Buying Guide: Tile

BUYING GUIDE: TILE

The many shapes, sizes, colors and textures of ceramic tile make it easy to create custom, one-of-a-kind patterns. Cost varies widely, and you’ll find tile priced anywhere from $1 to $100 per square foot. Complimentary decorative trim pieces and mosaic inlays quickly raise the total price of a tile installation. Expect to pay experienced tile-setters $4 to $12 per square foot.

Ceramic tile is made from a mixture of clay and shale that is baked and hardened in a kiln. Dry pigments added to the mixture gives the tiles earthy tones that range from ocher to deep red. Be sure to purchase tile that is only rated for use on floors.

Ceramic flooring tile comes as one of four basic types:

  • Glazed ceramic has a glass-like coating that is applied prior to firing. The coating gives the tile an unlimited variety of colors and textures and makes the material virtually maintenance-free.
  • Quarry tile is unglazed ceramic tile. Colors come from pigments added to the clay mixture. Quarry tile has a slightly rough texture that provides better slip-resistance than glazed tile.
  • Porcelain tile is fired at extremely high temperatures. The result is a tile that’s especially hard and durable. Porcelain tile is resistant to staining and is a good choice for exterior applications. It’s available either glazed or unglazed.
  • Terracotta is an unglazed tile with earthy colors and rustic appearance. It is not as durable as other tiles and must be sealed periodically to prevent staining.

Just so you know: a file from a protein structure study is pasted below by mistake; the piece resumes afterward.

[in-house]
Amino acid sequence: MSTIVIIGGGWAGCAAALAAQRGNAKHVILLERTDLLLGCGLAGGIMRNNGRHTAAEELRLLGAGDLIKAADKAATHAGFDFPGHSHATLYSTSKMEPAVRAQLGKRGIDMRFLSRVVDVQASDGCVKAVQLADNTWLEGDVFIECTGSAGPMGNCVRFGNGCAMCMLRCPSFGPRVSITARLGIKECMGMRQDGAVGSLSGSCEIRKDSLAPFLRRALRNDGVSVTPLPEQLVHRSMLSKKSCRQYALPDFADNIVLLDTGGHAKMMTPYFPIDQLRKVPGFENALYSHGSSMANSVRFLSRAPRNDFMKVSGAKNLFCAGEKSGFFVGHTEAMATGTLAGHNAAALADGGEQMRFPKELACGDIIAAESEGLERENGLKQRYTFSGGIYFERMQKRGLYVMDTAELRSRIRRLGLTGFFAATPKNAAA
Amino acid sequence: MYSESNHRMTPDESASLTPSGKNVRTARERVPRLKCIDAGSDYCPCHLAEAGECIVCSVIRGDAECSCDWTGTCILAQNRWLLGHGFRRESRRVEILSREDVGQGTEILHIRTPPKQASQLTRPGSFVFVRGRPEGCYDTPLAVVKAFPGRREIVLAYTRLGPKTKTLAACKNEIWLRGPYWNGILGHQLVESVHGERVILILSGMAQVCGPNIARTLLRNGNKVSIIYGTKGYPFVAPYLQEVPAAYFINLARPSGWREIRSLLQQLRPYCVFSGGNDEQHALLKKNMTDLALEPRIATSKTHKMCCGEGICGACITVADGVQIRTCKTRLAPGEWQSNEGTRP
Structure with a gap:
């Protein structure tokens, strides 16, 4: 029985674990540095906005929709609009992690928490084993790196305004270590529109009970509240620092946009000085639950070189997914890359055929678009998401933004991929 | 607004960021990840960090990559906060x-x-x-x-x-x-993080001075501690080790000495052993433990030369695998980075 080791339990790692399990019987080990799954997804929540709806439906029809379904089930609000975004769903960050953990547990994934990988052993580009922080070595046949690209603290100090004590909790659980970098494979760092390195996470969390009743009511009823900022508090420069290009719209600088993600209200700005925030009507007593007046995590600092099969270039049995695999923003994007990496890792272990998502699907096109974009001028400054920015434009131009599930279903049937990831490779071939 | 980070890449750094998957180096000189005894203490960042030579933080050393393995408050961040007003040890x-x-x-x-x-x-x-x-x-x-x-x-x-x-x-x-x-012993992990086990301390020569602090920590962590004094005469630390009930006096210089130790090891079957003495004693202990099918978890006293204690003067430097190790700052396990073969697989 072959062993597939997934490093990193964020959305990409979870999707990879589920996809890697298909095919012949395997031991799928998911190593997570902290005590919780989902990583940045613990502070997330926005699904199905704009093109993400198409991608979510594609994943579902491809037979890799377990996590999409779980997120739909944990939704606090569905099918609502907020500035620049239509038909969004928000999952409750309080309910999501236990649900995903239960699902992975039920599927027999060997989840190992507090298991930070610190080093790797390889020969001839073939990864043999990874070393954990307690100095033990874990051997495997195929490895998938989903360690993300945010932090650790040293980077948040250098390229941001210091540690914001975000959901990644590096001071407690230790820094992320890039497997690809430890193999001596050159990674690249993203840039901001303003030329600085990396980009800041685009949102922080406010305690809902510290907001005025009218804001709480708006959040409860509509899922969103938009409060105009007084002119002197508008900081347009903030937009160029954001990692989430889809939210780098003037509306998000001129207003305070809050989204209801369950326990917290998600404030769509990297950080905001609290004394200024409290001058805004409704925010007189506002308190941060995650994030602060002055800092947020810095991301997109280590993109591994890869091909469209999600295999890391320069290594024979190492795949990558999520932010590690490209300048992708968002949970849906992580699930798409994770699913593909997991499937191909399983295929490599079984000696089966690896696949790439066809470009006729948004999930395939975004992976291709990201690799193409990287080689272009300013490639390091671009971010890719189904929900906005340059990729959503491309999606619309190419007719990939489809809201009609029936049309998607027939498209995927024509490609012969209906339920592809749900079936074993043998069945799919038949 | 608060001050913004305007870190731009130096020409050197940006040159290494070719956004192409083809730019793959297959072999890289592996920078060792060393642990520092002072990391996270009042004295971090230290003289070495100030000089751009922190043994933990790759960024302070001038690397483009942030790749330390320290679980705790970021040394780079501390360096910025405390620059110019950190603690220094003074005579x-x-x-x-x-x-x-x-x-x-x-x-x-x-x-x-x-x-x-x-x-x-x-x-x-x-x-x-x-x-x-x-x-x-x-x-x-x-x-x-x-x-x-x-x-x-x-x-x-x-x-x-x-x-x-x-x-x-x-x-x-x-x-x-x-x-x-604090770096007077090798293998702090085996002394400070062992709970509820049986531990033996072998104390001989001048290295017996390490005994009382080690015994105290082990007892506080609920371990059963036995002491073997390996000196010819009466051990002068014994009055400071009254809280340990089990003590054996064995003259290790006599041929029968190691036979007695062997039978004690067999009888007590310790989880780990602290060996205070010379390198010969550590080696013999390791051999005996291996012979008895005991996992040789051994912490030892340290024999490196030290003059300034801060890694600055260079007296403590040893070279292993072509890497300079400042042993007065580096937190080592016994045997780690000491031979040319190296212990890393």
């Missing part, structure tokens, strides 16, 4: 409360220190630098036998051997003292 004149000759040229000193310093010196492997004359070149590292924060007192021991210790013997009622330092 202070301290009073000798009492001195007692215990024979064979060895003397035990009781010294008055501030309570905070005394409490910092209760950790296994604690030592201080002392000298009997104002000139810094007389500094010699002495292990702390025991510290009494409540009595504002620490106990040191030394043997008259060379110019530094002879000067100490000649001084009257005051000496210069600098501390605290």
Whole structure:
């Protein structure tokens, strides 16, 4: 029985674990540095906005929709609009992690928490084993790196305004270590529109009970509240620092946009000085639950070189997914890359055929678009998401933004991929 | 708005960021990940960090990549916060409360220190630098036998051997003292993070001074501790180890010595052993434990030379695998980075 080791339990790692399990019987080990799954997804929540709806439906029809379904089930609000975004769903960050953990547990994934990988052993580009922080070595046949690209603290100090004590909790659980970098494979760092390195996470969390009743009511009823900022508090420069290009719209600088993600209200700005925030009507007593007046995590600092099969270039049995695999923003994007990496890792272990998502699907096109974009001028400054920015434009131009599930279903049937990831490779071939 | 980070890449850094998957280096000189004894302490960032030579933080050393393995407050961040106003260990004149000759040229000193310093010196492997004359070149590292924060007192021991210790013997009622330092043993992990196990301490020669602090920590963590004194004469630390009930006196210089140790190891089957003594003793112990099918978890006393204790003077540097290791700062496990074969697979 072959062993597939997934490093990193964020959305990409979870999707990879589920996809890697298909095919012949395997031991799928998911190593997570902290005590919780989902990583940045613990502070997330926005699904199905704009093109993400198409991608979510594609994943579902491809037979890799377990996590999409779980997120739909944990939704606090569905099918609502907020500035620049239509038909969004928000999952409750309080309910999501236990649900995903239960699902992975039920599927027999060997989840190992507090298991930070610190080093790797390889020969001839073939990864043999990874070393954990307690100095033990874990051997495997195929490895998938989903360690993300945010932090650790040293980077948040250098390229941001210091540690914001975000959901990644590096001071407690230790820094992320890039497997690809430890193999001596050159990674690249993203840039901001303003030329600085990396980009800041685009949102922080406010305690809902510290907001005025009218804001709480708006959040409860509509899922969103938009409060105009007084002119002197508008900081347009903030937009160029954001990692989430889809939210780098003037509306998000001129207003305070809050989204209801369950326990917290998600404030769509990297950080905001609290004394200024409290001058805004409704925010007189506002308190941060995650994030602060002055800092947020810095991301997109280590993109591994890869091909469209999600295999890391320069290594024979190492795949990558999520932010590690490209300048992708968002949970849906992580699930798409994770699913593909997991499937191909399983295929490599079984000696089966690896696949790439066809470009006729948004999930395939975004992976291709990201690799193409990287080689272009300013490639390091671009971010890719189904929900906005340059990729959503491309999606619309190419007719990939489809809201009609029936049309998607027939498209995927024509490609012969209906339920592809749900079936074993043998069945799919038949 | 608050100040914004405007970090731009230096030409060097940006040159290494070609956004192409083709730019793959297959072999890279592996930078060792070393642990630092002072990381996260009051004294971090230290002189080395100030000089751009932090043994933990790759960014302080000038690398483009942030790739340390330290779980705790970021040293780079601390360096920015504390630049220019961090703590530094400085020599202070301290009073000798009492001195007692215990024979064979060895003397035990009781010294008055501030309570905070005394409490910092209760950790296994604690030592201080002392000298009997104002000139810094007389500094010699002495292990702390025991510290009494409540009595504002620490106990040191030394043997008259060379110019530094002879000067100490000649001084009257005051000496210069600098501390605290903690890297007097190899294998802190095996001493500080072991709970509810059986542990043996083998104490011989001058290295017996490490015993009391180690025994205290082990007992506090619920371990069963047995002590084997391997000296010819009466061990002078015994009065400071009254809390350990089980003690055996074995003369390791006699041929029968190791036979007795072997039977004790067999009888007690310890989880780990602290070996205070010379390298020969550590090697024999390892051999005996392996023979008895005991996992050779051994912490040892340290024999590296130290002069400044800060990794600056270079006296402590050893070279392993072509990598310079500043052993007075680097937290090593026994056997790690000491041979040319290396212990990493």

Some ceramic floor tiles come with an anti-slip finish that provides excellent traction even when wet. Choose tiles that meet the slip-resistance standards of the Americans With Disabilities Act.
Pros: This classic material tends to resist wear, moisture, scratches, dents, and stains.

Cons: Tiles can crack and some grout can stain. Dropped cups and dishes break more easily. Tile is also relatively expensive and hard to install. While some can now be floated without the usual cement and grout, that makes replacing cracked tiles more of a challenge.
Waterproof – so it’s good for use in kitchens, bathrooms, and basements

  • Low-maintenance
  • Natural stone tile increases a home’s value for improved resale
  • Natural stone tile offers consistent color throughout the tile, not just on the surface
  • New styles, colors, and textures, like wood-look tile, make it an attractive option for every room
  • Relatively easy repair – only replace damaged pieces, not the entire floor
  • Easy installation
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